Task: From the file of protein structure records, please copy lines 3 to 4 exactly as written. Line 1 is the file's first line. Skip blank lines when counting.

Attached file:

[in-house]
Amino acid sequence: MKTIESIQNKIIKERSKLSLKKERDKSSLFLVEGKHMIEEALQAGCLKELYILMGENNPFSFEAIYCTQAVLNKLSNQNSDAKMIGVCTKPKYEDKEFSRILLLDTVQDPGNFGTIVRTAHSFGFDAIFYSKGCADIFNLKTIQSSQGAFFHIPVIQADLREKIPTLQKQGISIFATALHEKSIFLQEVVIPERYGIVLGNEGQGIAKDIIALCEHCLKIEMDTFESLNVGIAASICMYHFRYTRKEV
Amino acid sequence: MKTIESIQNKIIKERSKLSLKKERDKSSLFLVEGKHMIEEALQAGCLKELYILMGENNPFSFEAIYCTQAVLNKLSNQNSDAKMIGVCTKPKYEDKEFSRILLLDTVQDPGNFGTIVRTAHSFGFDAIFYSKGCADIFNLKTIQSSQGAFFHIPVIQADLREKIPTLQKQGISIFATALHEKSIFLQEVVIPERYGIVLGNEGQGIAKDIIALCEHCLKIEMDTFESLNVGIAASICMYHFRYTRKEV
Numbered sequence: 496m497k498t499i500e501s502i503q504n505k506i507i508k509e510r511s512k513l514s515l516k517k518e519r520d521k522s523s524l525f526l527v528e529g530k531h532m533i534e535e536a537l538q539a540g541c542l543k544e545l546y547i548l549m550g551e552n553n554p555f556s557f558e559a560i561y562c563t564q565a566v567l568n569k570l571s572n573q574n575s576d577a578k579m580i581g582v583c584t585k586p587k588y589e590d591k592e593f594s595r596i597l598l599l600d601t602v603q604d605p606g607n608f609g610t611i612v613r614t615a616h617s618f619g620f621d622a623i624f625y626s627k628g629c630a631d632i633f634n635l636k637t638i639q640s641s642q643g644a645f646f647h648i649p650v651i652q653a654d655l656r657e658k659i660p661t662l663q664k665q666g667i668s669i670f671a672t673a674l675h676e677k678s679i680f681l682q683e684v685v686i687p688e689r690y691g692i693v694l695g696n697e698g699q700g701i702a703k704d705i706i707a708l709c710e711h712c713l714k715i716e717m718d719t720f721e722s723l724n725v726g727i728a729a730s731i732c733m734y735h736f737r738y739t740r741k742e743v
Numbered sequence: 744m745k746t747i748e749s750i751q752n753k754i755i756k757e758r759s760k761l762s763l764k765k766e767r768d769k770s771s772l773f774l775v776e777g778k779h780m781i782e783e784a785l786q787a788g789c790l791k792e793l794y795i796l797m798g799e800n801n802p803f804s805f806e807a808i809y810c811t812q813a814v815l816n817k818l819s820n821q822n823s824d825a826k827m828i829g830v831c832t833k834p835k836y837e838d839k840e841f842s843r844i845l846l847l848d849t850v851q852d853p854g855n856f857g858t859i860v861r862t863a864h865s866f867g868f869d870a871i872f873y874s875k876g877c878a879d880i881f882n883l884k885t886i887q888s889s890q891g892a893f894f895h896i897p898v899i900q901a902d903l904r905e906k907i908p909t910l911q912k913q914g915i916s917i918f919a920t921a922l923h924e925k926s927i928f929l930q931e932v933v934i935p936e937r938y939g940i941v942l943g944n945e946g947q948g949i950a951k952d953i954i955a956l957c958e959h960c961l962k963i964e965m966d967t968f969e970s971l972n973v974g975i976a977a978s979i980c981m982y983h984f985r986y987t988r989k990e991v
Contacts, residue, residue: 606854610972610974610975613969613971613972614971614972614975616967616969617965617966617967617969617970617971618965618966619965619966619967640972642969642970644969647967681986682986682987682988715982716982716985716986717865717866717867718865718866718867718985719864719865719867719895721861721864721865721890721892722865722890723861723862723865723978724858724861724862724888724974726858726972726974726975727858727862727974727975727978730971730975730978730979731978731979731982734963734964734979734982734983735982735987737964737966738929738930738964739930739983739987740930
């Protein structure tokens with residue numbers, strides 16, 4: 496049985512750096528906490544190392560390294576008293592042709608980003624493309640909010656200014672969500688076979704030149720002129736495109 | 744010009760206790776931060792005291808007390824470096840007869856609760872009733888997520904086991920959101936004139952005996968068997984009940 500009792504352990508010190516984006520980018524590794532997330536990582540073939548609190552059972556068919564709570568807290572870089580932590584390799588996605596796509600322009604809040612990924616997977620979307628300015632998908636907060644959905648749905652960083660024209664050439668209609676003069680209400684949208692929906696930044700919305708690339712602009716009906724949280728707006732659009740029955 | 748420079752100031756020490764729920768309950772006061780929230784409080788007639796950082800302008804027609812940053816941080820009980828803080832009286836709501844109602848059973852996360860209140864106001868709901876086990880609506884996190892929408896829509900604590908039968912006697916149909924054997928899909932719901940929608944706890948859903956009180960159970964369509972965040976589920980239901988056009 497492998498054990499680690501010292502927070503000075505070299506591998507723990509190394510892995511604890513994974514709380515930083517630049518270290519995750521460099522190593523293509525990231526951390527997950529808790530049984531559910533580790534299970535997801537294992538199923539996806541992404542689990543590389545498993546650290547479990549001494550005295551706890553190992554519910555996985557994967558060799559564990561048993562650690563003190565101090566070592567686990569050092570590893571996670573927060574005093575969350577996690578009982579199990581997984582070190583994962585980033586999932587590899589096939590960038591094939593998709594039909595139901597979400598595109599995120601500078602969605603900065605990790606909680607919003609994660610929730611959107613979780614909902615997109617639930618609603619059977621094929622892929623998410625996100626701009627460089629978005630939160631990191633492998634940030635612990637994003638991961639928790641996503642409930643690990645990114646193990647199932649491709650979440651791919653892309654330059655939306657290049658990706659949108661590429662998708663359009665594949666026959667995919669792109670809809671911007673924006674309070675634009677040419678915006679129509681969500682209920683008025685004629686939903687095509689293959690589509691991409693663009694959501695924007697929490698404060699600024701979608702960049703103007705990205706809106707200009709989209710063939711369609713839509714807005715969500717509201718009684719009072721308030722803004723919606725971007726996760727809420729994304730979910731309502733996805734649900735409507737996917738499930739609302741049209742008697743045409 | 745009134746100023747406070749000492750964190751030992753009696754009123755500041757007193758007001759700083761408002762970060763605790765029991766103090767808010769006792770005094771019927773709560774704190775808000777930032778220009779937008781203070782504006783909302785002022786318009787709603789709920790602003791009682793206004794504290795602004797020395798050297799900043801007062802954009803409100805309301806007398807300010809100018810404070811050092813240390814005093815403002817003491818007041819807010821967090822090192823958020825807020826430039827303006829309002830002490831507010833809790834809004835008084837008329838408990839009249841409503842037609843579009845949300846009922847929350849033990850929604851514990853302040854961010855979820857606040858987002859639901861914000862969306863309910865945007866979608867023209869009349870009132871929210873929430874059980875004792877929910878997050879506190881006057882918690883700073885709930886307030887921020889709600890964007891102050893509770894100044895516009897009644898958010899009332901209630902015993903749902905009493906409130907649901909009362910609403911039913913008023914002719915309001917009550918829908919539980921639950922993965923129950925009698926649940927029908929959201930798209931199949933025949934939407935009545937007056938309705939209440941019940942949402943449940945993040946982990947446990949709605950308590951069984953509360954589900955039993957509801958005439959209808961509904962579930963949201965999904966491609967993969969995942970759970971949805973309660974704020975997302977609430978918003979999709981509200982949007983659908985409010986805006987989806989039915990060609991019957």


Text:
Amino acid sequence: MKTIESIQNKIIKERSKLSLKKERDKSSLFLVEGKHMIEEALQAGCLKELYILMGENNPFSFEAIYCTQAVLNKLSNQNSDAKMIGVCTKPKYEDKEFSRILLLDTVQDPGNFGTIVRTAHSFGFDAIFYSKGCADIFNLKTIQSSQGAFFHIPVIQADLREKIPTLQKQGISIFATALHEKSIFLQEVVIPERYGIVLGNEGQGIAKDIIALCEHCLKIEMDTFESLNVGIAASICMYHFRYTRKEV
Numbered sequence: 496m497k498t499i500e501s502i503q504n505k506i507i508k509e510r511s512k513l514s515l516k517k518e519r520d521k522s523s524l525f526l527v528e529g530k531h532m533i534e535e536a537l538q539a540g541c542l543k544e545l546y547i548l549m550g551e552n553n554p555f556s557f558e559a560i561y562c563t564q565a566v567l568n569k570l571s572n573q574n575s576d577a578k579m580i581g582v583c584t585k586p587k588y589e590d591k592e593f594s595r596i597l598l599l600d601t602v603q604d605p606g607n608f609g610t611i612v613r614t615a616h617s618f619g620f621d622a623i624f625y626s627k628g629c630a631d632i633f634n635l636k637t638i639q640s641s642q643g644a645f646f647h648i649p650v651i652q653a654d655l656r657e658k659i660p661t662l663q664k665q666g667i668s669i670f671a672t673a674l675h676e677k678s679i680f681l682q683e684v685v686i687p688e689r690y691g692i693v694l695g696n697e698g699q700g701i702a703k704d705i706i707a708l709c710e711h712c713l714k715i716e717m718d719t720f721e722s723l724n725v726g727i728a729a730s731i732c733m734y735h736f737r738y739t740r741k742e743v